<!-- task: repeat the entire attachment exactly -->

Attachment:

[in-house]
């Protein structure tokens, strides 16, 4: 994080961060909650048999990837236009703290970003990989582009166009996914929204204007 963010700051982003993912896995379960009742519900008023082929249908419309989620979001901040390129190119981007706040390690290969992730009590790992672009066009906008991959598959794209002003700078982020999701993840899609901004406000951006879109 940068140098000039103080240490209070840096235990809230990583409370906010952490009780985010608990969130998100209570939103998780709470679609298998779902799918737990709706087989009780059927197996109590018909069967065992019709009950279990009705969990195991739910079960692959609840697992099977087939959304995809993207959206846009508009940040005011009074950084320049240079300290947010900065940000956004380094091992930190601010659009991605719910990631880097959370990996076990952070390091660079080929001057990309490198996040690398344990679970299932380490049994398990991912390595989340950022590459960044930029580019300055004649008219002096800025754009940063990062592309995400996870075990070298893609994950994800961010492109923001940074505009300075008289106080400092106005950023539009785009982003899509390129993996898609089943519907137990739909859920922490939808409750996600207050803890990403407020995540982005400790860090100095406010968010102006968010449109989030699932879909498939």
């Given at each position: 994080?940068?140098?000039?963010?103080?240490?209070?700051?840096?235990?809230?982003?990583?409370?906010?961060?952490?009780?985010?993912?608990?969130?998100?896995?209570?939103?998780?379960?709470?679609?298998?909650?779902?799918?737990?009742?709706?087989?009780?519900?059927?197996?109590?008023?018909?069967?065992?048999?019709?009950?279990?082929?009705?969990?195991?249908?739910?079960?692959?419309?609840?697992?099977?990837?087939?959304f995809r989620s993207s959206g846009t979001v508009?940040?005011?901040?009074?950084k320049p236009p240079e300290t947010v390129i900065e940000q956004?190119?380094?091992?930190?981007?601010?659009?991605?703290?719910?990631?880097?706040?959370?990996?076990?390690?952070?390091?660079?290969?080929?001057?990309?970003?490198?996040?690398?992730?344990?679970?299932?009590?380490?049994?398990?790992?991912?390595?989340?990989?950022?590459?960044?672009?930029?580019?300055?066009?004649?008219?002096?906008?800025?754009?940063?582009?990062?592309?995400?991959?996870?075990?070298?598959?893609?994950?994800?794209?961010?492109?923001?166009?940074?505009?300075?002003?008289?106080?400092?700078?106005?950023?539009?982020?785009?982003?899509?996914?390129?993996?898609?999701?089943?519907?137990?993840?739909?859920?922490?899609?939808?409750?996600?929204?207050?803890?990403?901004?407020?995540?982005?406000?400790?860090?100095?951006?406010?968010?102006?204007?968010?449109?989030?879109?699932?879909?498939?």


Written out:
[in-house]
């Protein structure tokens, strides 16, 4: 994080961060909650048999990837236009703290970003990989582009166009996914929204204007 963010700051982003993912896995379960009742519900008023082929249908419309989620979001901040390129190119981007706040390690290969992730009590790992672009066009906008991959598959794209002003700078982020999701993840899609901004406000951006879109 940068140098000039103080240490209070840096235990809230990583409370906010952490009780985010608990969130998100209570939103998780709470679609298998779902799918737990709706087989009780059927197996109590018909069967065992019709009950279990009705969990195991739910079960692959609840697992099977087939959304995809993207959206846009508009940040005011009074950084320049240079300290947010900065940000956004380094091992930190601010659009991605719910990631880097959370990996076990952070390091660079080929001057990309490198996040690398344990679970299932380490049994398990991912390595989340950022590459960044930029580019300055004649008219002096800025754009940063990062592309995400996870075990070298893609994950994800961010492109923001940074505009300075008289106080400092106005950023539009785009982003899509390129993996898609089943519907137990739909859920922490939808409750996600207050803890990403407020995540982005400790860090100095406010968010102006968010449109989030699932879909498939």
């Given at each position: 994080?940068?140098?000039?963010?103080?240490?209070?700051?840096?235990?809230?982003?990583?409370?906010?961060?952490?009780?985010?993912?608990?969130?998100?896995?209570?939103?998780?379960?709470?679609?298998?909650?779902?799918?737990?009742?709706?087989?009780?519900?059927?197996?109590?008023?018909?069967?065992?048999?019709?009950?279990?082929?009705?969990?195991?249908?739910?079960?692959?419309?609840?697992?099977?990837?087939?959304f995809r989620s993207s959206g846009t979001v508009?940040?005011?901040?009074?950084k320049p236009p240079e300290t947010v390129i900065e940000q956004?190119?380094?091992?930190?981007?601010?659009?991605?703290?719910?990631?880097?706040?959370?990996?076990?390690?952070?390091?660079?290969?080929?001057?990309?970003?490198?996040?690398?992730?344990?679970?299932?009590?380490?049994?398990?790992?991912?390595?989340?990989?950022?590459?960044?672009?930029?580019?300055?066009?004649?008219?002096?906008?800025?754009?940063?582009?990062?592309?995400?991959?996870?075990?070298?598959?893609?994950?994800?794209?961010?492109?923001?166009?940074?505009?300075?002003?008289?106080?400092?700078?106005?950023?539009?982020?785009?982003?899509?996914?390129?993996?898609?999701?089943?519907?137990?993840?739909?859920?922490?899609?939808?409750?996600?929204?207050?803890?990403?901004?407020?995540?982005?406000?400790?860090?100095?951006?406010?968010?102006?204007?968010?449109?989030?879109?699932?879909?498939?």